It was supposed to be a Mediterranean Cruise.  It was my husband’s 50th birthday, our 25th anniversary, and our son’s graduation, so we planned to celebrate in style.  However, the universe decided that Greece and Italy were not going to be part of our 2021 festivities.  Sigh.

So, we had to think outside the box.  Where could we go with our 14-year-old (who didn’t yet qualify for the vaccine- effectively nixing our international travel plans) that still had the international vibe we wanted?  We found it on Catalina Island!

Catalina Island is a breathtakingly gorgeous spot roughly 30 miles off the California coast.  Accessible by ferry (or helicopter for any Step Brothers fans out there!) it’s a magnificent stretch of pebbly beaches, rugged mountains, and stunning blue water drenched in California sunshine.

A Little Bit of Island History

Catalina Island has a history dating back nearly 8,000 years when the First Islanders known as the Tongva lived here.  During more recent centuries, it toggled back and forth between Spain, Mexico, the United States, and a slew of pirates, smugglers, and missionaries.

Fast forward to 1891 when James Lick, the richest man in California, sold the island lock-stock-and barrel to the Banning Brothers for $128,740.  The brothers started the Santa Catalina Island Company (still in existence today) and began to develop Catalina as a resort destination.

pleasure pier

The brothers built rough roads, hotels, and hunting lodges to draw the wealthy.  They created access to the island’s beaches and established attractions like wild, downhill mountain stagecoach rides.  They also built the “Pleasure Pier,” which still welcomes visitors to the city of Avalon.

The Cubs Connection

After a 1915 fire wiped out much of the Banning’s hard work, they decided to cut their losses and sold the island to entrepreneur and master marketer William Wrigley, Jr.  As in, Wrigley’s Spearmint Gum.  Oh – and also the owner of the World Series-winning Chicago Cubs.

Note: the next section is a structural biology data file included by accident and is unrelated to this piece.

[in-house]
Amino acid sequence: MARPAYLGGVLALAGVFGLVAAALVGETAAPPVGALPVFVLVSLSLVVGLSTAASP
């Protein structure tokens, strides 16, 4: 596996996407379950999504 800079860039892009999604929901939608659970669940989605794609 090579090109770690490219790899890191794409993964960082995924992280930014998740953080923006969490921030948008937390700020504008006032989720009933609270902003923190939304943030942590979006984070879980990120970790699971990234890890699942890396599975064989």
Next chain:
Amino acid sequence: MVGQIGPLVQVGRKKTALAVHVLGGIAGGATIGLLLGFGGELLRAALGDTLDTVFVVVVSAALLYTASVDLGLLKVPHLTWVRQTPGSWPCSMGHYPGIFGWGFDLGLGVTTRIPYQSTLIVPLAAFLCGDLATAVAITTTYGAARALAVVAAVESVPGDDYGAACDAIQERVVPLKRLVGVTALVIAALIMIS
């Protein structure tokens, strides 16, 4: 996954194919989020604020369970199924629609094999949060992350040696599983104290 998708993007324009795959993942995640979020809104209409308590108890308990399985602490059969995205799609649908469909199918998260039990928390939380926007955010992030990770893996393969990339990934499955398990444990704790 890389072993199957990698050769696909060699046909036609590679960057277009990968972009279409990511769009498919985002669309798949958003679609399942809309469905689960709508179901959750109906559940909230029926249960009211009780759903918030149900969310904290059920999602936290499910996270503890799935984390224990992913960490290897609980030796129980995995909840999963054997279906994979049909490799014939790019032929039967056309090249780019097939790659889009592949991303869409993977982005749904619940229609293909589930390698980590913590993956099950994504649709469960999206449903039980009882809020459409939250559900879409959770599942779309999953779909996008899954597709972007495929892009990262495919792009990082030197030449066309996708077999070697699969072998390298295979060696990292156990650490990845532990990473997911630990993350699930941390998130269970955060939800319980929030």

Wrigley moved the Cubs’ spring training to Catalina in 1921 and for the next 30 years, visitors and press converged on the island to cover the team’s gum-chewing players in action, establishing Catalina Island as a posh paradise and Wrigley’s chewing gum as a mega-million-dollar company.

Catalina Casino

Remnants of the Wrigley-Cubs connection can be found throughout the island- including the iconic Catalina Casino (fun fact: it never hosted any gambling), Wrigley Mansion, and Catalina Island Conservancy.

Hollywood in These Hills

As the years passed, Catalina became a popular destination for Hollywood’s elite.  Countless movies were filmed here, especially in the ’40s, ’50s, and ’60s.  The island even has Hollywood to thank for its Buffalo herd.

In 1921, a Zane Grey feature was filmed here that required Buffalo.  The story goes that the animals were so seasick upon arrival that they broke through the gates and ran wildly into the hills where they couldn’t be corralled again!

Today Catalina has a herd of roughly 150 bison that roam freely through the island’s interior.  You can take a really cool Humvee tour for a close-up look at these magnificent animals.  We actually watched one stroll through a playground on the hiking trail!


Other Hollywood hits filmed in part here include Jaws, Apollo 13, Pearl Harbor, and (of course), Step Brothers.

Natalie Wood also famously perished in 1981 under mysterious circumstances in Catalina’s blue waters.  Her death was ruled a probably drowning, but how she ended up in the water has never been determined.

Out on the Town(s)

Catalina has two main towns with approximately 4,000 full-time residents.  Two Harbors is a rustic little village with sweeping beaches on the island’s west end.  It’s a low-key destination for those looking to indulge in a little relaxation or outdoor adventure.